The scale of the damage a computer virus can unleash on the technology dependent and inter-connected industry is shown as the global shipping industry is still feeling the effects of a cyber attack that hit A.P. Moller-Maersk two days ago.
With ships and ports acting as the arteries of the global economy, about 90 percent of world trade is transported by sea. Any IT glitches can create major disruptions for complex logistic supply chains because ports increasingly rely on communications systems to keep operations running smoothly.
Among the biggest-ever disruptions to hit global shipping was the cyber attack. And still struggling to revert to normal operations on Thursday after experiencing massive disruptions were several port terminals run by a Maersk division, including in the United States, India, Spain, the Netherlands.
For example, dry cargo could not be delivered and no container would be received, said South Florida Container Terminal. He did not know “when exactly the terminal will be running smoothly”, said Anil Diggikar, chairman of JNPT port, near the Indian commercial hub of Mumbai.
Maersk could not say when normal business operations would be resumed as a number of IT systems were still shut down, the shipping company said.
Given its position as operator of 76 ports via its APM Terminals division and the world’s biggest container shipping line, the impact of the attack on the company has reverberated across the industry.
While dry bulk ships haul commodities including coal and grain and tankers carry vital oil and gas supplies, container ships transport much of the world’s consumer goods and food.
“As Maersk is about 18 percent of all container trade, can you imagine the panic this must be causing in the logistic chain of all those cargo owners all over the world?” said Khalid Hashim, managing director of Precious Shipping, one of Thailand’s largest dry cargo ship owners.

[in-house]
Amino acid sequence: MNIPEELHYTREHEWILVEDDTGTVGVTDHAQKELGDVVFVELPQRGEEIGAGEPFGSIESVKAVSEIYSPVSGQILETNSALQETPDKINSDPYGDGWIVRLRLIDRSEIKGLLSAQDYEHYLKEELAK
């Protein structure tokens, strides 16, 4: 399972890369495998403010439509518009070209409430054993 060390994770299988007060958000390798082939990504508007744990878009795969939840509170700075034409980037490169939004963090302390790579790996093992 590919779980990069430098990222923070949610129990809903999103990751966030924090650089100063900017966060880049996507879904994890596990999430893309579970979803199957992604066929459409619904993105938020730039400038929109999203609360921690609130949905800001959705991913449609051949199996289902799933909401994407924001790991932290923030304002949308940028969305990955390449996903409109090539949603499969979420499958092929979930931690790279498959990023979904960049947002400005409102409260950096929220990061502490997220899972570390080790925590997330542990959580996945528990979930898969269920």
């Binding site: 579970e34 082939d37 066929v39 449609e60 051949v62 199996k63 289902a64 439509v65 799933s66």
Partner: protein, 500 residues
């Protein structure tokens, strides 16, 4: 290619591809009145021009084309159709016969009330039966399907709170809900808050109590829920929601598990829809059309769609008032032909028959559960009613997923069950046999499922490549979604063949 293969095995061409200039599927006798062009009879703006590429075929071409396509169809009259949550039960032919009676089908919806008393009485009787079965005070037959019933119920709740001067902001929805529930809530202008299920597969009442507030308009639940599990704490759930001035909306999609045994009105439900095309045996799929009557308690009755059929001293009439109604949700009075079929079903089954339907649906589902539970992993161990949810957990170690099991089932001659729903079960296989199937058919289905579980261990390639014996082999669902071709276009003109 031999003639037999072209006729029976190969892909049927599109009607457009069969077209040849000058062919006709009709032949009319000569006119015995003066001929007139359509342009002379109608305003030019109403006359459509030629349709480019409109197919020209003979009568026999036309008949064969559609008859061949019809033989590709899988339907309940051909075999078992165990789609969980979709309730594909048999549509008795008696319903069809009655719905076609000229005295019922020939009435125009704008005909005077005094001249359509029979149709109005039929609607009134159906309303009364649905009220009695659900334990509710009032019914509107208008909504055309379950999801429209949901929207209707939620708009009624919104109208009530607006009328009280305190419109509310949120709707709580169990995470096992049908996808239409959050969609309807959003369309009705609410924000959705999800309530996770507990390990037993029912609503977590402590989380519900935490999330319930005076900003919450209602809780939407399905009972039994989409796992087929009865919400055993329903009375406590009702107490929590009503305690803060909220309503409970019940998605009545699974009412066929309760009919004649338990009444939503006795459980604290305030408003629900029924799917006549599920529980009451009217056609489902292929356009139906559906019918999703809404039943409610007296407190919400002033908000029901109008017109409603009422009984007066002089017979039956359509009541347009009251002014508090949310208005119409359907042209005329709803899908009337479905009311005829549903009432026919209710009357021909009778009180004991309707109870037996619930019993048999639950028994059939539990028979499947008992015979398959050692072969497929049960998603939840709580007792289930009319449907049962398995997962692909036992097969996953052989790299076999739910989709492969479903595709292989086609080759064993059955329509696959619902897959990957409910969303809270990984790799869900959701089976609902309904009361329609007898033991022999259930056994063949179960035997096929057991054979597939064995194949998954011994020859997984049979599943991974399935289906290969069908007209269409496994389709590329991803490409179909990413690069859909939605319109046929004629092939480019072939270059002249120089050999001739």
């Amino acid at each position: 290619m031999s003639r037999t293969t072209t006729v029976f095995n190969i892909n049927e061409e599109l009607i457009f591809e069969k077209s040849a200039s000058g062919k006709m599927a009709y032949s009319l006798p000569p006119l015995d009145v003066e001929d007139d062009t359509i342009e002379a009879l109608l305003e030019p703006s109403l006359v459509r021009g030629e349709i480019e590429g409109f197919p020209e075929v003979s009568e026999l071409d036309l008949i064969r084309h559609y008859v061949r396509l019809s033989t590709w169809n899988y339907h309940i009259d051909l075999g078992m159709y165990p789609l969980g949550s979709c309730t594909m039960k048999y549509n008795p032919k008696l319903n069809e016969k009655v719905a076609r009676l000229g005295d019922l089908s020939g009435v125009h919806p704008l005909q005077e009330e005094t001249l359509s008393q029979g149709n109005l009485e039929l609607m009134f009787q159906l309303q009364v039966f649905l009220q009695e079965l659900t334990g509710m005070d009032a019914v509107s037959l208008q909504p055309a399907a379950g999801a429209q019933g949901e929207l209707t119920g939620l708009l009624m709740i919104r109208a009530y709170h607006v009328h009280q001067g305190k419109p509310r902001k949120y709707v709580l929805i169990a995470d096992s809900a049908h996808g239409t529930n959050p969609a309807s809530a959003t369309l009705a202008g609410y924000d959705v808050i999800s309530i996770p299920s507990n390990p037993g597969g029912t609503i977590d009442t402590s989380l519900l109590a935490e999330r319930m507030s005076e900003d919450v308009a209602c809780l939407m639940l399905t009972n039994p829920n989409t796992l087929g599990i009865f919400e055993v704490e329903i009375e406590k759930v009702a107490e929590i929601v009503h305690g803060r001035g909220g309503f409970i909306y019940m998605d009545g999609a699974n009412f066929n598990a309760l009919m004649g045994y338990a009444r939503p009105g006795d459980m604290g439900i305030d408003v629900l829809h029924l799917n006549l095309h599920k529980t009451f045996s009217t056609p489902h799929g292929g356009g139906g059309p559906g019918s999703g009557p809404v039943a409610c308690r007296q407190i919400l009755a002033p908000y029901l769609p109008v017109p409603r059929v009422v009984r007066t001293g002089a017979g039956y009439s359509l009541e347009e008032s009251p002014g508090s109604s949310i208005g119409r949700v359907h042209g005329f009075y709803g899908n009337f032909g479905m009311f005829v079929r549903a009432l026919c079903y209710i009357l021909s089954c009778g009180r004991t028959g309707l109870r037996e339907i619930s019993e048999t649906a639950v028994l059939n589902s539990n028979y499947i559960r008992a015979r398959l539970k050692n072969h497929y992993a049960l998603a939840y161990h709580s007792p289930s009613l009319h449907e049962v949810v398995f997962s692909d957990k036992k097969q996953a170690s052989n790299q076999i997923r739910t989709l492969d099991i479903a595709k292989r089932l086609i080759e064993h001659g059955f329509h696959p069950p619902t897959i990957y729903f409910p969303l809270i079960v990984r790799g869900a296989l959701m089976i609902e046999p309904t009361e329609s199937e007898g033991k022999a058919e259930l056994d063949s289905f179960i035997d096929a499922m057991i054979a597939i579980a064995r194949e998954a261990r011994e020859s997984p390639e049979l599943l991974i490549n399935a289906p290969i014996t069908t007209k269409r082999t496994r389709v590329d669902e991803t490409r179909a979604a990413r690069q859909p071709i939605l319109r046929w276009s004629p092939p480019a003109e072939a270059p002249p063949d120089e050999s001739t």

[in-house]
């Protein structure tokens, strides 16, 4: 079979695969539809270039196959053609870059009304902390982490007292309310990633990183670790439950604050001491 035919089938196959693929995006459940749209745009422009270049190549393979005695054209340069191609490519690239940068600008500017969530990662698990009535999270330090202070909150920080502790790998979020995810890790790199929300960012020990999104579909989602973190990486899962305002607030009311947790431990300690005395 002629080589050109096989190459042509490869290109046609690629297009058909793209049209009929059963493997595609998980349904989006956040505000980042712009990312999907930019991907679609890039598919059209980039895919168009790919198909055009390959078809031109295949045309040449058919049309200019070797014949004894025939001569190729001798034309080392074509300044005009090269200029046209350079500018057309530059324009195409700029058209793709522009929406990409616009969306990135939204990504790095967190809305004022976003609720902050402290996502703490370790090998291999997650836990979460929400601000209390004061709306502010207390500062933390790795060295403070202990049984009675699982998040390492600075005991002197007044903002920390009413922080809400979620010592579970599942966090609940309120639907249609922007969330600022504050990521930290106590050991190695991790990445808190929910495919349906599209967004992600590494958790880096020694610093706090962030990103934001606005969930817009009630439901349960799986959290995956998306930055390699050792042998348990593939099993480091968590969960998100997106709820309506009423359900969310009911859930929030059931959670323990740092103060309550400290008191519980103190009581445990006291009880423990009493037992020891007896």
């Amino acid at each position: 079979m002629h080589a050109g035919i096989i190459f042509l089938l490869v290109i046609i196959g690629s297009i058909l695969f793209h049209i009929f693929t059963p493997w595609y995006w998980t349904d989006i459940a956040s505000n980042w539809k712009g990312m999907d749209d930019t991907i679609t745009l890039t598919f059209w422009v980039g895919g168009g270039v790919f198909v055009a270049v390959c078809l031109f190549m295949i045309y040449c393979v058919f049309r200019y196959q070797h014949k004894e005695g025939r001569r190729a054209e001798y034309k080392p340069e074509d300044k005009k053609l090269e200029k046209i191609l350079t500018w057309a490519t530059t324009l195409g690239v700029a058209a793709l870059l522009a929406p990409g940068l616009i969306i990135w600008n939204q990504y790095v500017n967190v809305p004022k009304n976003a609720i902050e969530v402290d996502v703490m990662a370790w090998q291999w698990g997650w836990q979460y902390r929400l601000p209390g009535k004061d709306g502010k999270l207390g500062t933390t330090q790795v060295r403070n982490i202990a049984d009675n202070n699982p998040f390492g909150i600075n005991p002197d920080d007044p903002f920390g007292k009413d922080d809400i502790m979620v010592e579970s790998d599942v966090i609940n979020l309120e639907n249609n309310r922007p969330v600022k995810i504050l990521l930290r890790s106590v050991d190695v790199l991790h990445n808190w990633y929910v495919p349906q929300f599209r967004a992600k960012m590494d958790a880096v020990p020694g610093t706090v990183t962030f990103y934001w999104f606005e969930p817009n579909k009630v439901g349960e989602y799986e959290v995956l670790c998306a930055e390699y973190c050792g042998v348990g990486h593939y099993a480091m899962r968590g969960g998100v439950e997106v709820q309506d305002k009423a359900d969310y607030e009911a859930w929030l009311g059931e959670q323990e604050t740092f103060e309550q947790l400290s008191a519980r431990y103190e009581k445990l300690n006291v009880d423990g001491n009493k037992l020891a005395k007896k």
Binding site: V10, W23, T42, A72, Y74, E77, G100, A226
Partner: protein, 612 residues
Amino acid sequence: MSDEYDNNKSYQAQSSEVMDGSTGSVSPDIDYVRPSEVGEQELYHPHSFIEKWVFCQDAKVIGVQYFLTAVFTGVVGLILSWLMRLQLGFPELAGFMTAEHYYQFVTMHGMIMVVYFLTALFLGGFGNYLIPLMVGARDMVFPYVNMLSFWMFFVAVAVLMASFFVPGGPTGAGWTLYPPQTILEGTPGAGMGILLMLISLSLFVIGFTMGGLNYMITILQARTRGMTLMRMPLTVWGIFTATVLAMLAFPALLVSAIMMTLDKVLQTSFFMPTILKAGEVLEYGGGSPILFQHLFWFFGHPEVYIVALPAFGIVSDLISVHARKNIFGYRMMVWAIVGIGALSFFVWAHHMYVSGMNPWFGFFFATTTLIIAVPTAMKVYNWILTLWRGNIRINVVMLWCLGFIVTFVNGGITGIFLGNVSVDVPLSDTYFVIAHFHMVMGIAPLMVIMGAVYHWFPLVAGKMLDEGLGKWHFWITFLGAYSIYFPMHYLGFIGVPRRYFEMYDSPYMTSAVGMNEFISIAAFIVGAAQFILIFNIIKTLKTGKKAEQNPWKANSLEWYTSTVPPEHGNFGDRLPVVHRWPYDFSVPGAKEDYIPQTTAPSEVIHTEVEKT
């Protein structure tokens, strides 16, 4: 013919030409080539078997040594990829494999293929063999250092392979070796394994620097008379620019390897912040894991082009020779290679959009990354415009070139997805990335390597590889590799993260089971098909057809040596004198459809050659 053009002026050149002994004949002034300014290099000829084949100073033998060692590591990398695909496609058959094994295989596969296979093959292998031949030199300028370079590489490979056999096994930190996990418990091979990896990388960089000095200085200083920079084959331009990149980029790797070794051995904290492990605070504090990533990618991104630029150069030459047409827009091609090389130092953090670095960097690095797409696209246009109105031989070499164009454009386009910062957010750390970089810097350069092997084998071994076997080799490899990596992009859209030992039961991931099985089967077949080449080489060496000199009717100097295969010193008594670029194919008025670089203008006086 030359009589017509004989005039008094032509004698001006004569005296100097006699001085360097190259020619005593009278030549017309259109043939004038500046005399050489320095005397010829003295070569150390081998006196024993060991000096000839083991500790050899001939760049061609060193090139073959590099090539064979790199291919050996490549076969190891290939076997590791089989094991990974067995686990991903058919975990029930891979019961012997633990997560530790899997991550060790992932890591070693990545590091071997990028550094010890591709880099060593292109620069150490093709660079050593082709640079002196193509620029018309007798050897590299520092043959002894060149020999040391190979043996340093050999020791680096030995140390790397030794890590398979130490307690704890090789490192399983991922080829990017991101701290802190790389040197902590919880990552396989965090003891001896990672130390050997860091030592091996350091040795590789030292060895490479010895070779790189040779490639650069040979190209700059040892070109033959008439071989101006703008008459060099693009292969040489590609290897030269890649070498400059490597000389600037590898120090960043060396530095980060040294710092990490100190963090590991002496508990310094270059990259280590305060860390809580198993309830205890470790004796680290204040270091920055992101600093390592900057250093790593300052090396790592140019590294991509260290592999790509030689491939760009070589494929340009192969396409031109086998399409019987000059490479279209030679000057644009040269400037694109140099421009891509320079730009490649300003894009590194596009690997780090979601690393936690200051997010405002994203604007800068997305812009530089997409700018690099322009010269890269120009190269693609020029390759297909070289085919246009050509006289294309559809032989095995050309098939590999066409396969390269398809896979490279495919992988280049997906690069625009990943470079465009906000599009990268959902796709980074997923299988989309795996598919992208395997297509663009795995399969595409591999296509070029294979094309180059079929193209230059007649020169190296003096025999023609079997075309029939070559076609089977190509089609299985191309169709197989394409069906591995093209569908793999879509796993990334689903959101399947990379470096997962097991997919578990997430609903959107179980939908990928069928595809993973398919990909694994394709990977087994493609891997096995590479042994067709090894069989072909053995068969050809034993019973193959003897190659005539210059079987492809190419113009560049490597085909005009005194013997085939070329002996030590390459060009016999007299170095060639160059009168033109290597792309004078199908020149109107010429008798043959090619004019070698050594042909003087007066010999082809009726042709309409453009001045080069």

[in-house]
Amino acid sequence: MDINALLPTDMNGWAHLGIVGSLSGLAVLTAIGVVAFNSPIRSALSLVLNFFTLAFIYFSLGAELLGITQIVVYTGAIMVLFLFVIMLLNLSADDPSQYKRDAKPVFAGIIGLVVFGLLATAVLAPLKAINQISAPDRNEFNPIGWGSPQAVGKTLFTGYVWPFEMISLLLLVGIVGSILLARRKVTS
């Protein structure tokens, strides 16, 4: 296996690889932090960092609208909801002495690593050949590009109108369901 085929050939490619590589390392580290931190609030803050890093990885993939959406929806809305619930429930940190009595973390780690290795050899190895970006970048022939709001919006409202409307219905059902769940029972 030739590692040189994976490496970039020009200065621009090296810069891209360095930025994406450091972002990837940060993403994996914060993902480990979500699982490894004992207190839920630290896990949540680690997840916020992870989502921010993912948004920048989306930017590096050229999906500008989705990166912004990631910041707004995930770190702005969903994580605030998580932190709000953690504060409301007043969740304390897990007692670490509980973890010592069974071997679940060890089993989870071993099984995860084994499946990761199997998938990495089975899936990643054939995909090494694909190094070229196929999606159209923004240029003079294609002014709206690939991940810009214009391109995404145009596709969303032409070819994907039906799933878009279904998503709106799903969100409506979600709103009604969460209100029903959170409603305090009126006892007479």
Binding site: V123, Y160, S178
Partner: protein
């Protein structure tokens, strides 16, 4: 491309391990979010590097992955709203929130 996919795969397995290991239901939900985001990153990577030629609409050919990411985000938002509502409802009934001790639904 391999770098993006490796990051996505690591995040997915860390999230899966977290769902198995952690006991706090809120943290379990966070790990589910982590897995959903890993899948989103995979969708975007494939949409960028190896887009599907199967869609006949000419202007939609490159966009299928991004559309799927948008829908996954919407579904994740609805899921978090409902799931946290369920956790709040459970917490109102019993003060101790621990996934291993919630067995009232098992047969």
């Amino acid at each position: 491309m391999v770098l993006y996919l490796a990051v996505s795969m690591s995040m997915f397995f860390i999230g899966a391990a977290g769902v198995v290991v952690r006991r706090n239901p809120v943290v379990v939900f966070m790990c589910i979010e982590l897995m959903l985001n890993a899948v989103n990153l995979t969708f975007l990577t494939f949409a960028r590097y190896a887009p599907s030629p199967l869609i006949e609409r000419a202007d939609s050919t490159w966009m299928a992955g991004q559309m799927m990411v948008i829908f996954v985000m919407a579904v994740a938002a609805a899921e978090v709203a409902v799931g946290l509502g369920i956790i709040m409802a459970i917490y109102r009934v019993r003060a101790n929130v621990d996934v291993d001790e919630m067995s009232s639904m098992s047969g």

“Right now none of them know where any of their cargoes (or)containers are. And this ‘black hole’ of lack of knowledge will continue till Maersk are able to bring back their systems on line.”
The attack had caused outages at its computer systems across the world, Maersk said.
Dean McGrath, president of the International Longshore and Warehouse Union Local 23 said that the unloading of vessels at the group’s Tacoma terminal was severely slowed on Tuesday and Wednesday.
The terminal is a key supply line for the delivery of domestic goods such as milk and groceries and construction materials to Anchorage, Alaska.
“They went back to basics and did everything on paper,” McGrath said.
Because the Danish company was regarded as a leader in IT technology, the fact Maersk had been affected rang alarm bells for the whole shipping industry, said Ong Choo Kiat, President of U-Ming Marine Transport, Taiwan’s largest dry bulk ship owner.
“But they ended up one of the first few casualties. I therefore conclude that shipping is lacking behind the other industry in term of cyber security,” he said.
“How long would it takes to catch up? I don’t know. But recently all owners and operators are definitely more aware of the risk of cyber security and beginning to pay more attention to it.”
(Adapted from Reuters)